Types Of Mussels

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A craving for mussels can quickly be dashed if you aren’t sure what types of mussels you need for your dish. If you’re lucky enough to have a fresh fish market where you live then you will likely be spoiled for choice. If you aren’t so lucky then it’s off to the frozen seafood section at your local grocery store. (Don’t worry, there will probably be a decent selection awaiting you!) There are over 70 types of mussels out there and not all of them are suitable or even recommended for eating. In fact, there are only 17 species of mussel that are fit to be eaten. The three main types of mussels that are consumed are Mediterranean mussels, green-lipped mussels, and the world-wide favorite, blue mussels.

 

Below you will learn about the main difference between these types of mussels and how they are best prepared.

 

Mediterranean Mussels

 

The Mediterranean mussel, or mytilus galloprovincialis, is a species of edible mussel that was originally found in the Mediterranean as well as around the southern area of Africa, but these mussels have since been introduced into the coastal areas of California up to Washington. This mussel is quite large and can grow as long as 14 centimeters, or five and a half inches, which makes them one of the largest commercially-available mussels on the market. The shell color of Mediterranean mussels can vary between a nice purple-blue to brown or black. These mussels are less likely to have excessive grit and sand in them because they can grow without ever having touched the bottom of the ocean. While Mediterranean mussels can usually be purchased all throughout the year, but you will probably find that the best quality will be found in the months between spring and autumn, as spawning time is in the winter for this species. This species tends to be of a meaty consistency with a smooth texture and fragile, intricate flavor.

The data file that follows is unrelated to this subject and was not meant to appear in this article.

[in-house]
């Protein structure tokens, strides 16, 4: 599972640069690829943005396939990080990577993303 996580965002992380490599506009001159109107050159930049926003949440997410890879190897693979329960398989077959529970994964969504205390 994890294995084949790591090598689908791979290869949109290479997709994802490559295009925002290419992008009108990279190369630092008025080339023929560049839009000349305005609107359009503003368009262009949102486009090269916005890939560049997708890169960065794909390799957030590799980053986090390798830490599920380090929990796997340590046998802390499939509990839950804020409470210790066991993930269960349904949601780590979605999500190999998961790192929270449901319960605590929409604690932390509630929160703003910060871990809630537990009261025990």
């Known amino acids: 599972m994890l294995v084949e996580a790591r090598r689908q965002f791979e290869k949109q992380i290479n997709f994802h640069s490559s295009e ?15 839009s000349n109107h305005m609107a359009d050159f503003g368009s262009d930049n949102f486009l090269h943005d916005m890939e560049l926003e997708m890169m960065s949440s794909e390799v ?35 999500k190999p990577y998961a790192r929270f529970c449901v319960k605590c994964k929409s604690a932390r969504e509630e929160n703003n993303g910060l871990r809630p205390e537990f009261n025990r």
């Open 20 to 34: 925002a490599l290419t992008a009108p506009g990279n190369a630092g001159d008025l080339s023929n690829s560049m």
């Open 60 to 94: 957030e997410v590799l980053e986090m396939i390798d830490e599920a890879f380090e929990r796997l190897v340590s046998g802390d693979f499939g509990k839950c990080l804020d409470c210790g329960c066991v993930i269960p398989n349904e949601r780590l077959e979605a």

The Mediterranean mussel is great for stir boiling, steaming, grilling, added to salads, or thrown into a creamy pasta dish.

 

Green-Lipped Mussels

 

Green-lipped mussels hail from New Zealand where they are extremely important to the country as an export. This species gets its name from the color of its shell, which is mostly dark brownish green or black with a green “lip” where the tips of the shells meet. This species is huge and can grow up to a whopping nine and a half inches long! This type of mussel is likely to cost much more than other types of mussels that you might find in the United States because they are primarily harvested in New Zealand, which means that the demand is a bit higher simply because of the fact that these mussels aren’t very common in North America. They are, however, very flavorful and meaty—perfect if you want a filling dinner or if you want to stretch a meal between several people.

 

The green lipped mussel would be nice served any way you like, even sautéed!

 

Blue Mussels

 

Blue mussels, or mytilus edulis, are by far the most common of all types of mussels in America. Blue mussels have a blue-black colored shell on the outside which is glossy purple on the inside. The typical size for the blue mussel is around four inches in length and two inches in width. This is much smaller compared to the other two types of mussels that we have talked about, but they are very versatile and can be purchased easily and cheaply. The leading producer of this species is Prince Edward Island, in Canada. In the United States the bulk of most blue mussels are churned out by the New England area.

 

These mussels can be cooked a number of ways. A popular method is to simply steam or boil the mussels in a chosen sauce or liquid, such as coconut milk, lime, and cilantro or broth. They can also be grilled, sautéed, thrown into seafood stews or soups, added to nice white or red pasta, or eaten with salad or bruschetta.

 

As with most types of seafood, the best option is to purchase the mussels fresh. Although you can definitely still enjoy the delicate flavor of mollusks that have been frozen, they simply do not compare to the flavor of fresh mussels. If you are able to acquire fresh mussels from a local fisher’s market then be sure to use the mussels within 48 hours at the most, as the flavor can seriously degrade after this time. Before cooking mussels it’s always a good idea to go through each mussel and check to make sure that none of the shells have opened. They should be firmly closed or, if they are fresh, they should close when you tap the top of the shell. Any mussels that are not tightly shut should be discarded prior to the cooking process because they are likely already dead and should not be eaten even after being cooked. There is a myth that says one should not eat cooked mussels that did not pop open after being cooked. Studies have shown that these mussels are still safe to eat and are fully cooked—they simply need to be pried open with a knife.

 

So now that you know about the different types of mussels that can be eaten and how they can be cooked, you should find yourself enjoying this tasty seafood in no time!